The Canadian Armed Forces revealed late Thursday that it is monitoring a “potential second incident” related to the discovery of a massive Chinese balloon over Montana that the Communist Party claimed had drifted off course and coincidentally landed near American military sites of high importance.
The Pentagon confirmed late Thursday that it had identified what it suspected was a Chinese surveillance balloon over Montana, near an area housing nuclear missile silo fields. A Pentagon spokesman insisted the balloon was “currently traveling at an altitude well above commercial air traffic and does not present a military or physical threat to people on the ground.” Pentagon officials reportedly opted not to shoot the balloon down, despite the overt national security threat it causes, out of concern that debris from the destroyed balloon could hurt people on the ground.
The Communist Party of China confirmed on Friday that the balloon originated in China, but claimed it unintentionally drifted into sensitive U.S. airspace due to “force majeure.”
The balloon has caused a growing international scandal for left-wing President Joe Biden, who is facing criticism from the right for not acting to take down the balloon and reportedly moved to postpone a planned trip to China by Secretary of State Antony Blinken on Friday. Hours before the reported postponement, reports indicated that China had agreed to schedule a meeting between Blinken and dictator Xi Jinping.
The Canadian government waded into the fray with a statement confirming that it is working “with American partners and continue to take all necessary measures to safeguard Canada’s sensitive information from foreign intelligence threats.” It also suggested the existed of either a second Chinese alleged spy balloon or of a second incident involving the same balloon.
“Canadians are safe and Canada is taking steps to ensure the security of its airspace, including the monitoring of a potential second incident,” the Canadian Armed Forces said in a statement late Thursday.
Ottawa has yet to provide any more details regarding the “potential second incident.” Canada’s Globe and Mail reported on Friday that the Canadian government had summoned the Chinese ambassador to protest the balloon’s presence in the country – a move that, at press time, Biden has reportedly yet to make. The Canadian newspaper of record also indicated that experts believe the same balloon over Montana may have spent significant time drifting over British Columbia, Canada, after entering Alaskan airspace.
Chinese ambassador summoned over suspected spy balloon that drifted across Western Canada#cdnpoli https://t.co/HjtQDdSHq8 pic.twitter.com/xPl81TmWV6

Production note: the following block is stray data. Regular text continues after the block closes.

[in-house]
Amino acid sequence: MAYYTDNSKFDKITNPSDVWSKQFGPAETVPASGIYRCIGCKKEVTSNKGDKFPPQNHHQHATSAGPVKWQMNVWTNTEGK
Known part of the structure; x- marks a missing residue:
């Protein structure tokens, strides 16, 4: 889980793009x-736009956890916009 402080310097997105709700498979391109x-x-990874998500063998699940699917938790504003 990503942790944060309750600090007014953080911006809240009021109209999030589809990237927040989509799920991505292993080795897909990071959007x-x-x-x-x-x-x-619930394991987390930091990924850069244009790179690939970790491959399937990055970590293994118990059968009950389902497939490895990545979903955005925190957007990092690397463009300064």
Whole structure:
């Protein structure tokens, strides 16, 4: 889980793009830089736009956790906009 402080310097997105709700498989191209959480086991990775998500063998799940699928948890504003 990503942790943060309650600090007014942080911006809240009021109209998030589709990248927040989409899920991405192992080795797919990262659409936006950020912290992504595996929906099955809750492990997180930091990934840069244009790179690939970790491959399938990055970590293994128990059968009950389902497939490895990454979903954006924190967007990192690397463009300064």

— Michael Chong (@MichaelChongMP) February 3, 2023
The Global and Mail cited a Canadian aircraft expert who suggested the flight path of the balloon out of China likely took it over the north Pacific Ocean into Alaska, then down Canada into Montana. The expert, Steffan Watkins, said Canada appeared to have used its air force to intercept the balloon in late January.
The balloon did not become a source of public alarm in either America or Canada until locals in Montana filmed it flying overhead. The Pentagon then issued a statement confirming it had identified a Chinese alleged surveillance vessel.
Chinese officials spent much of Friday denying having any information about the balloon before confirming that it was, in fact, Chinese.
“The airship is from China. It is a civilian airship used for research, mainly meteorological, purposes,” a statement by the Chinese Foreign Ministry read. “Affected by the Westerlies and with limited self-steering capability, the airship deviated far from its planned course. The Chinese side regrets the unintended entry of the airship into US airspace due to force majeure.”
“The Chinese side will continue communicating with the US side and properly handle this unexpected situation caused by force majeure,” the statement concluded.
Many public officials in the United States are openly questioning the Chinese government’s explanation, particularly in light of Beijing’s history of using meteorology as an excuse to spy on and infiltrate the sovereign territory of its neighbors. Chinese officials routinely refer to illegal artificial islands that it built in the South China Sea, located in territory belonging to Vietnam and the Philippines, and their facilities as “research” or “meteorology” related. In reality, satellite images and studies of the region indicate China has built an intricate military and surveillance infrastructure in the region.
“This is not some hot air balloon, it has a large payload of sensors roughly the size of two city buses & the ability to maneuver independently,” Sen. Marco Rubio (R-FL) said in a statement on Friday, calling it a “mistake to not shoot down that Chinese spy balloon.”
“The [Chinese Communist Party] spy balloon is as much about weather as the Confucius Institutes are about education,” Sen. Marsha Blackburn (R-TN) wrote on Twtter, later adding, “the Chinese Communist Party is a threat to our existence.”
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